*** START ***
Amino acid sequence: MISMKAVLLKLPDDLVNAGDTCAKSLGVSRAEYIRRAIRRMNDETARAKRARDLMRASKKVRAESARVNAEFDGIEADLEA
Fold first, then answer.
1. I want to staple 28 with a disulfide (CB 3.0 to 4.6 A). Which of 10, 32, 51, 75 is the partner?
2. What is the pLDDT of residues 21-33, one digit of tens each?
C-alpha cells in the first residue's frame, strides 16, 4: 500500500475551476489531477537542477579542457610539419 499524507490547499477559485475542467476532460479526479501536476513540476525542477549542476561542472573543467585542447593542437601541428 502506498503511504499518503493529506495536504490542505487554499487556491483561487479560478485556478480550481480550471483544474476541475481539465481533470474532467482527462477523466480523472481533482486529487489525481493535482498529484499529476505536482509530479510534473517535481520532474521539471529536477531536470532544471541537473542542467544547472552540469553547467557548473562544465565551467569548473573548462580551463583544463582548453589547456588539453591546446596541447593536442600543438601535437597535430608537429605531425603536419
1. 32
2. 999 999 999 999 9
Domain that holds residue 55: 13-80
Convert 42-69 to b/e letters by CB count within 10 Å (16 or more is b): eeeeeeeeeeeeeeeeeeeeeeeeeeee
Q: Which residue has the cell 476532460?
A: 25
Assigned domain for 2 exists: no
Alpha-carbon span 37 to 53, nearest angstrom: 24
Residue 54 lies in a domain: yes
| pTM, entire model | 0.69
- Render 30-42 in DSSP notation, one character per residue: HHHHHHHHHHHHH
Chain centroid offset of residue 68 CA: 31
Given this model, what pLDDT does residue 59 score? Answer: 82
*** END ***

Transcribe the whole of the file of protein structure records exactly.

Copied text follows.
Amino acid sequence: MISMKAVLLKLPDDLVNAGDTCAKSLGVSRAEYIRRAIRRMNDETARAKRARDLMRASKKVRAESARVNAEFDGIEADLEA
Fold first, then answer.
1. I want to staple 28 with a disulfide (CB 3.0 to 4.6 A). Which of 10, 32, 51, 75 is the partner?
2. What is the pLDDT of residues 21-33, one digit of tens each?
C-alpha cells in the first residue's frame, strides 16, 4: 500500500475551476489531477537542477579542457610539419 499524507490547499477559485475542467476532460479526479501536476513540476525542477549542476561542472573543467585542447593542437601541428 502506498503511504499518503493529506495536504490542505487554499487556491483561487479560478485556478480550481480550471483544474476541475481539465481533470474532467482527462477523466480523472481533482486529487489525481493535482498529484499529476505536482509530479510534473517535481520532474521539471529536477531536470532544471541537473542542467544547472552540469553547467557548473562544465565551467569548473573548462580551463583544463582548453589547456588539453591546446596541447593536442600543438601535437597535430608537429605531425603536419
1. 32
2. 999 999 999 999 9
Domain that holds residue 55: 13-80
Convert 42-69 to b/e letters by CB count within 10 Å (16 or more is b): eeeeeeeeeeeeeeeeeeeeeeeeeeee
Q: Which residue has the cell 476532460?
A: 25
Assigned domain for 2 exists: no
Alpha-carbon span 37 to 53, nearest angstrom: 24
Residue 54 lies in a domain: yes
| pTM, entire model | 0.69
- Render 30-42 in DSSP notation, one character per residue: HHHHHHHHHHHHH
Chain centroid offset of residue 68 CA: 31
Given this model, what pLDDT does residue 59 score? Answer: 82